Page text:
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Thesis 1

THESIS DETAILS
Thesis Title: The Duo Sonatas of Johannes Brahms
Degree Type: MLitt
Degree Specialism: Musicology
Supervisor(s): Professor Hormoz Farhat
Thesis Status: Accepted
Date Submitted / Accepted: 1988
Institution Submitting / Submitted To: Trinity College, Dublin
No. of Volumes (no. of pages): 1 (290pp)
Thesis Location / Link: Trinity College Dublin Library
THESIS CONTENT
Persons / Composers: Johannes Brahms, Joseph Joachim, Clara Schumann, Richard Muhlfeld
Genres / Musical Instruments: Violin, cello, clarinet and piano: chamber music
Related Places: Vienna
Time Frame: Late 19th century
Key Issues / Concepts: Unifying musical elements in seven duo sonatas
Abstract: This study is an examination of the seven sonatas by Brahms for piano and another instrument – Opp.38 and 99 for cello, Opp.78, 100 and 108 for violin, and Op.120 for clarinet – as well as an early movement for violin and piano known as the FAE Scherzo, with the object of establishing the composer’s approach and style as regards composition for a sustained voice instrument with the piano.
The works are discussed in order of composition. Each chapter begins with a historical outline, placing the particular sonata in its context within Brahms’ life and work. The analytical discussion is organized under four headings- Themes, Rhythm, Harmony and Duo Writing – although the first section covers a substantial area, dealing with aspects of form and counterpoint, as well as with thematic material. There are inevitable overlaps in scope between each section, but these headings have been chosen as organizational tools and are not intended to limit the analytical perspective, which takes all relevant musical elements into account.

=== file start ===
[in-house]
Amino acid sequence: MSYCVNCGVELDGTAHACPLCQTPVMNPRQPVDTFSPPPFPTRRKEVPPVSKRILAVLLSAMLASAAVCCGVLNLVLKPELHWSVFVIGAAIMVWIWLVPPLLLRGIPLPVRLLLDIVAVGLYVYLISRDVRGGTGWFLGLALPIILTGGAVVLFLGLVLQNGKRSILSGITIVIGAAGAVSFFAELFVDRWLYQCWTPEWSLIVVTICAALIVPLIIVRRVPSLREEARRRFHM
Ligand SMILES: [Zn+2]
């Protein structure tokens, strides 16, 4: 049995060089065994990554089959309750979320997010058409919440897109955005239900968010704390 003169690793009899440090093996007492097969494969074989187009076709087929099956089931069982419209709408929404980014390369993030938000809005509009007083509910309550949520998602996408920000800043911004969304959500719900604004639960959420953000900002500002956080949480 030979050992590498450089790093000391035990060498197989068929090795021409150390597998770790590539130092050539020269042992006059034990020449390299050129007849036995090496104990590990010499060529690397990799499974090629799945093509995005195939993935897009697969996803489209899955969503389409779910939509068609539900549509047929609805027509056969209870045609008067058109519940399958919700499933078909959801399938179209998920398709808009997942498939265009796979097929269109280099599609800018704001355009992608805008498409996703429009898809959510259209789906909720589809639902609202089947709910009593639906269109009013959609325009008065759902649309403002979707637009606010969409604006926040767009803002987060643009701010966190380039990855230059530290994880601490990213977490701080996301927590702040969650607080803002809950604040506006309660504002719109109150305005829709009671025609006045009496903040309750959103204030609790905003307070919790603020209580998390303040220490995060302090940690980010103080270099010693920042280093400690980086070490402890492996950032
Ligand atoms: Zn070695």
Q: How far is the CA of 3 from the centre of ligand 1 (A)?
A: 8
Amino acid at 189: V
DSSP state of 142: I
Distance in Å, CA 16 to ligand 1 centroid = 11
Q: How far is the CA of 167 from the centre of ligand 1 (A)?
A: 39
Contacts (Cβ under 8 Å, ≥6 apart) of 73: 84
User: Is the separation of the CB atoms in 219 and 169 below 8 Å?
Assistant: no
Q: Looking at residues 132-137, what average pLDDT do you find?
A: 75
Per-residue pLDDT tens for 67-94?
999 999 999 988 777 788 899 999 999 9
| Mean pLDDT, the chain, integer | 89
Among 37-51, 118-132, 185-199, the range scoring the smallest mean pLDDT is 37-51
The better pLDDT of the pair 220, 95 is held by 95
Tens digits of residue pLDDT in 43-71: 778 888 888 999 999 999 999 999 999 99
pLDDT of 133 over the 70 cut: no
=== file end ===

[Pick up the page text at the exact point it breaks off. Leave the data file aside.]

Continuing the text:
All of the duo sonatas, with the exception of Op.38, are mature works written after 1878, and are undisputed examples of Brahms’ genius. While this thesis deals with each sonata independently, there is an inevitable focus on the two Clarinet sonatas, in which the unifying musical elements are most successfully integrated. Each sonata of Op. 120 is a masterpiece, but there are also significant thematic connections between both sonatas which, as far as can be ascertained, have not been recognized before.

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